arboricultural impact assessment

There were 23 groups of trees on site

There were a number of additional issues to be considered on this site, such as the need to remove contaminated soil. WFE provided advice on this, so that no tree roots were damaged in the process, as well as on creation and upgrade of roads and paths which could affect tree roots. To prevent any damage during construction WFE provided information on suitable working methods, such as hand digging and fencing to protect trees. 

Many of the trees set to be removed on site had little arboricultural value, and were estimated to have a remaining lifespan of less than 10 years. However, old trees tend to have features such as cracks and crevices which provide suitable habitat for roosting bats. Experienced ecologists from WFE appraised the trees on site, and found that several trees earmarked for removal had significant roosting potential for bats. Licensed bat experts from WFE will be carrying out further bat activity surveys in the summer to inform an EPS license. Here, WFE’s joint arboriculture and ecology expertise were invaluable, as our ecologists were able to work together with our arboriculturalist to assess overall impacts of tree removal and give the client a broad picture of the site’s trees. 

Once the design had been finalised, an Arboricultural Impact Assessment was produced alongside a Tree Protection Plan and Method Statement. This will be used to instruct the developers in how to mitigate any tree removal on site and how to protect those that remain. The Arboricultural Impact Assessment also specifies in detail new tree plantings on site, which will enhance the arboricultural and ecological value of the site in the long term.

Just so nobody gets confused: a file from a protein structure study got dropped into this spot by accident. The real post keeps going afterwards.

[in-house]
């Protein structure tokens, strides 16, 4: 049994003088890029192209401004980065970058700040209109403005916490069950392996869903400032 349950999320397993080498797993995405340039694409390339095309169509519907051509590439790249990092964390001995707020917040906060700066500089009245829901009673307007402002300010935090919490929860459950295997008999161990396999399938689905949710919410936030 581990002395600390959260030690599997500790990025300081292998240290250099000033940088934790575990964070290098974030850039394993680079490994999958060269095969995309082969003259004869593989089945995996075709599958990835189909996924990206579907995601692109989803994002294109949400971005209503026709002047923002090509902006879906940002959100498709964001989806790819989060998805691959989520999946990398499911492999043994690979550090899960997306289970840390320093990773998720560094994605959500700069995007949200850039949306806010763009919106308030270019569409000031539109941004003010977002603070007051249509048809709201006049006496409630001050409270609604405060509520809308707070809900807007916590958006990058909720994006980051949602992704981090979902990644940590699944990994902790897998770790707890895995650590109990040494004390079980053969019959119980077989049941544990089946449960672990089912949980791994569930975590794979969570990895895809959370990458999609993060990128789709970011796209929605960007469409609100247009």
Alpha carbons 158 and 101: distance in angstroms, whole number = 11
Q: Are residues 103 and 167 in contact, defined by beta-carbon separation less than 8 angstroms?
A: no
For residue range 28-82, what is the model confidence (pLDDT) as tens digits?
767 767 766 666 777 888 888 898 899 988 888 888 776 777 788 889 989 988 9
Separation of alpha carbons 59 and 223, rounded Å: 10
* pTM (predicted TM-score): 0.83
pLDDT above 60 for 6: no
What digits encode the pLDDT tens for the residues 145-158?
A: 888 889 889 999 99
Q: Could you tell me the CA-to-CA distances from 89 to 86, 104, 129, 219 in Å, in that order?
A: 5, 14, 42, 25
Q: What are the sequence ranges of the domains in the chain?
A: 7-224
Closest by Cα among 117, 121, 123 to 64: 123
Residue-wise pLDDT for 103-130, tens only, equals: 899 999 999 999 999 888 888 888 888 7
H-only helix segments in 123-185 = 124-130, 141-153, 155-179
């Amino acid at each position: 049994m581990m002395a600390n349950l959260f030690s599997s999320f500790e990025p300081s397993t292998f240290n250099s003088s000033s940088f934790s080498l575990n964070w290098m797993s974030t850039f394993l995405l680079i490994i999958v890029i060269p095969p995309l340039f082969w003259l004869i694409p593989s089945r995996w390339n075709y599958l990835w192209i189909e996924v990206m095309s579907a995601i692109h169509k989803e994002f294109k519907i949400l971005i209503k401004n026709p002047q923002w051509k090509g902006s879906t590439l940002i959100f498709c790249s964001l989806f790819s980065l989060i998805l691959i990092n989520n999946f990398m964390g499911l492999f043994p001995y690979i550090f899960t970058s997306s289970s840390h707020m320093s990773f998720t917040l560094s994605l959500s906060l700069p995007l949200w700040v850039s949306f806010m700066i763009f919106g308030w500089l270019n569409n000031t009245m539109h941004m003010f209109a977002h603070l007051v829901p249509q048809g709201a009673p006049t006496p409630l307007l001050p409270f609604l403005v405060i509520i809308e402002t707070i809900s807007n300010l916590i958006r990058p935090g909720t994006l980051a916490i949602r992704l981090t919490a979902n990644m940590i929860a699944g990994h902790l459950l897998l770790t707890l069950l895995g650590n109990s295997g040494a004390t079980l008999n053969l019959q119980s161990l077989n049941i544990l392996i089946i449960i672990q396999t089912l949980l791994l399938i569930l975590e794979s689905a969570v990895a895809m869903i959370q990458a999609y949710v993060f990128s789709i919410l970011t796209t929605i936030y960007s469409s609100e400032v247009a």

Ground Source Heat Pump

tree survey heat pump

Semi-mature woodland trees were protected by tree protection fencing

Wild Frontier Ecology (WFE) provided a Tree Protection Plan (TPP) and Method Statement for the installation of a ground source heat pump. WFE conducted a tree survey adjacent to an area which would need to be excavated to install a ground source heat pump. The survey found two individual trees on site, an oak in poor condition and a horse chestnut tree in good condition and with moderate landscape value. There was also a small area of semi-mature planted woodland on site with silver birch, sycamore, oak, sweet chestnut, field maple, and hazel. The development had been designed so that all the trees on site could be retained. 

A map was produced showing where the tree roots were likely to be, and found the pipework would pass through the Root Protection Area of the horse chestnut tree which was assessed to have moderate landscape value. WFE were able to specify measures such as hand digging and an impermeable root barrier material to protect this tree. WFE also provided best practice methods for avoiding rooting areas, including lining the boundary of the pipework with impermeable root barrier material to prevent root ingress as trees in the area mature. This will prevent roots from the woodland area interfering with pipework as the trees grow and mature. 

By working with the client, WFE were able to ensure that trees would not be affected by the development and that the pipework would not be damaged by tree roots in the long term.

The report was submitted to the local planning authority to fulfil a condition of planning permission.

Restoration of derelict barns in North Norfolk

Restoration of derelict barns in North Norfolk, for conversion into residential accommodation.

WFE undertook an initial assessment followed by protected species surveys for bats and barn owls, and following planning permission, worked closely with the developer to obtain an EPS licence for the bats roosting within the main barn.

A nearby pond was also surveyed for great crested newts, although none were found, and thus removed the need for further consideration of this species.

Back To Top